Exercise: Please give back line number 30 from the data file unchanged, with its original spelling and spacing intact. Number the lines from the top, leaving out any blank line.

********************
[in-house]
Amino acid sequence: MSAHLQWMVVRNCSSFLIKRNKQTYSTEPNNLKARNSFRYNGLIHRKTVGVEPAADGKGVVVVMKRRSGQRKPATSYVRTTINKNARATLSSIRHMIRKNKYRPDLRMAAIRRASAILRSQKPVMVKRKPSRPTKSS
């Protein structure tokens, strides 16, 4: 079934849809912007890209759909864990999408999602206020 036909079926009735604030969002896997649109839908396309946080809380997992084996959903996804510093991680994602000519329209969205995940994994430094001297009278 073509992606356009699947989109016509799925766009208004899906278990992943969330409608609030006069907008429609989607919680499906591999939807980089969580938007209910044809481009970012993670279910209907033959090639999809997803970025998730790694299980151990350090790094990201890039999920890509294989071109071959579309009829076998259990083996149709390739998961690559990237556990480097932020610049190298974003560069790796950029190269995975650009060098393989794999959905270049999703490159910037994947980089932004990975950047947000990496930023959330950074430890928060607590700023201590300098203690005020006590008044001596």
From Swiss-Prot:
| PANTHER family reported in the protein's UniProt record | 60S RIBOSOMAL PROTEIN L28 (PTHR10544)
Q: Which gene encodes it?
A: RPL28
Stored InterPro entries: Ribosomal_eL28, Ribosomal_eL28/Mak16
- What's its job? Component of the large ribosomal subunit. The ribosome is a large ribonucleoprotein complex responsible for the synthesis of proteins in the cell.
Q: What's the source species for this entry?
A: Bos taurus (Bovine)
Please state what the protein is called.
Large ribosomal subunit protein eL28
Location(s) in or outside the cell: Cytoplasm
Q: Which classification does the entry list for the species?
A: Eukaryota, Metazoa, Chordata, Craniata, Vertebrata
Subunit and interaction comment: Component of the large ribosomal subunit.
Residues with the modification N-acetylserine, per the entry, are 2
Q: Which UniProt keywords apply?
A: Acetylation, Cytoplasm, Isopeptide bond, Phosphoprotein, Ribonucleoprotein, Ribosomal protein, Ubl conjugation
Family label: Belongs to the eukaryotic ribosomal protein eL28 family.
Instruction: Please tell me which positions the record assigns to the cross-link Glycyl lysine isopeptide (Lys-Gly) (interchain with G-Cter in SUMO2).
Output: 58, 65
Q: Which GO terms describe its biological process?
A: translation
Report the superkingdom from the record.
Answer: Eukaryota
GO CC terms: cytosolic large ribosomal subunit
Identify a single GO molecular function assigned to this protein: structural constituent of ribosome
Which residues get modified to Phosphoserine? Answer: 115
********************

Which residues get modified to Phosphoserine? Answer: 115